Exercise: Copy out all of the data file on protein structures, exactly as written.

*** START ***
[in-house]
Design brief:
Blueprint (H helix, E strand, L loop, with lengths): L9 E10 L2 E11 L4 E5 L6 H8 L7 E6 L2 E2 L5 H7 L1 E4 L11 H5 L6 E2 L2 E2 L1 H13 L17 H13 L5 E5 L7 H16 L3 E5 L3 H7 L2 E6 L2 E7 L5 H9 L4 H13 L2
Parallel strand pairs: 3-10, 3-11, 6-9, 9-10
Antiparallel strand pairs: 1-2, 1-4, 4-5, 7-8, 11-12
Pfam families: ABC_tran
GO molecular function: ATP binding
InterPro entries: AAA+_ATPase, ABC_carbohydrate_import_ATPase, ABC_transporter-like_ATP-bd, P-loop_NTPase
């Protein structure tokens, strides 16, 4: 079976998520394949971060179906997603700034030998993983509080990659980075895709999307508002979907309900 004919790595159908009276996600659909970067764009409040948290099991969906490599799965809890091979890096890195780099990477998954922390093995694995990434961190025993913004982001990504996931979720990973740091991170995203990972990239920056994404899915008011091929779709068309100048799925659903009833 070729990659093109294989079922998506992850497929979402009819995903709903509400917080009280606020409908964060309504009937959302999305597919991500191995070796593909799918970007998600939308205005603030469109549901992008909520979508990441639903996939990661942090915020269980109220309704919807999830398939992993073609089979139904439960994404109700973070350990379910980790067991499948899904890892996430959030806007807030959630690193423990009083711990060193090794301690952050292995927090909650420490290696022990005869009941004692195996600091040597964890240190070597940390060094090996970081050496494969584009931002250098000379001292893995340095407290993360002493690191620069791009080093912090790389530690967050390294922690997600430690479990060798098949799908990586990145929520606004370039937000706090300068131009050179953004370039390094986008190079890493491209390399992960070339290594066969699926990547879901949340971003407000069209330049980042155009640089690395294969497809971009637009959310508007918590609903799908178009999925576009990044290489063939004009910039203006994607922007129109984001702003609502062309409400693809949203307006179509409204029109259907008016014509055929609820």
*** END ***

[in-house]
Design brief:
Blueprint (H helix, E strand, L loop, with lengths): L9 E10 L2 E11 L4 E5 L6 H8 L7 E6 L2 E2 L5 H7 L1 E4 L11 H5 L6 E2 L2 E2 L1 H13 L17 H13 L5 E5 L7 H16 L3 E5 L3 H7 L2 E6 L2 E7 L5 H9 L4 H13 L2
Parallel strand pairs: 3-10, 3-11, 6-9, 9-10
Antiparallel strand pairs: 1-2, 1-4, 4-5, 7-8, 11-12
Pfam families: ABC_tran
GO molecular function: ATP binding
InterPro entries: AAA+_ATPase, ABC_carbohydrate_import_ATPase, ABC_transporter-like_ATP-bd, P-loop_NTPase
């Protein structure tokens, strides 16, 4: 079976998520394949971060179906997603700034030998993983509080990659980075895709999307508002979907309900 004919790595159908009276996600659909970067764009409040948290099991969906490599799965809890091979890096890195780099990477998954922390093995694995990434961190025993913004982001990504996931979720990973740091991170995203990972990239920056994404899915008011091929779709068309100048799925659903009833 070729990659093109294989079922998506992850497929979402009819995903709903509400917080009280606020409908964060309504009937959302999305597919991500191995070796593909799918970007998600939308205005603030469109549901992008909520979508990441639903996939990661942090915020269980109220309704919807999830398939992993073609089979139904439960994404109700973070350990379910980790067991499948899904890892996430959030806007807030959630690193423990009083711990060193090794301690952050292995927090909650420490290696022990005869009941004692195996600091040597964890240190070597940390060094090996970081050496494969584009931002250098000379001292893995340095407290993360002493690191620069791009080093912090790389530690967050390294922690997600430690479990060798098949799908990586990145929520606004370039937000706090300068131009050179953004370039390094986008190079890493491209390399992960070339290594066969699926990547879901949340971003407000069209330049980042155009640089690395294969497809971009637009959310508007918590609903799908178009999925576009990044290489063939004009910039203006994607922007129109984001702003609502062309409400693809949203307006179509409204029109259907008016014509055929609820």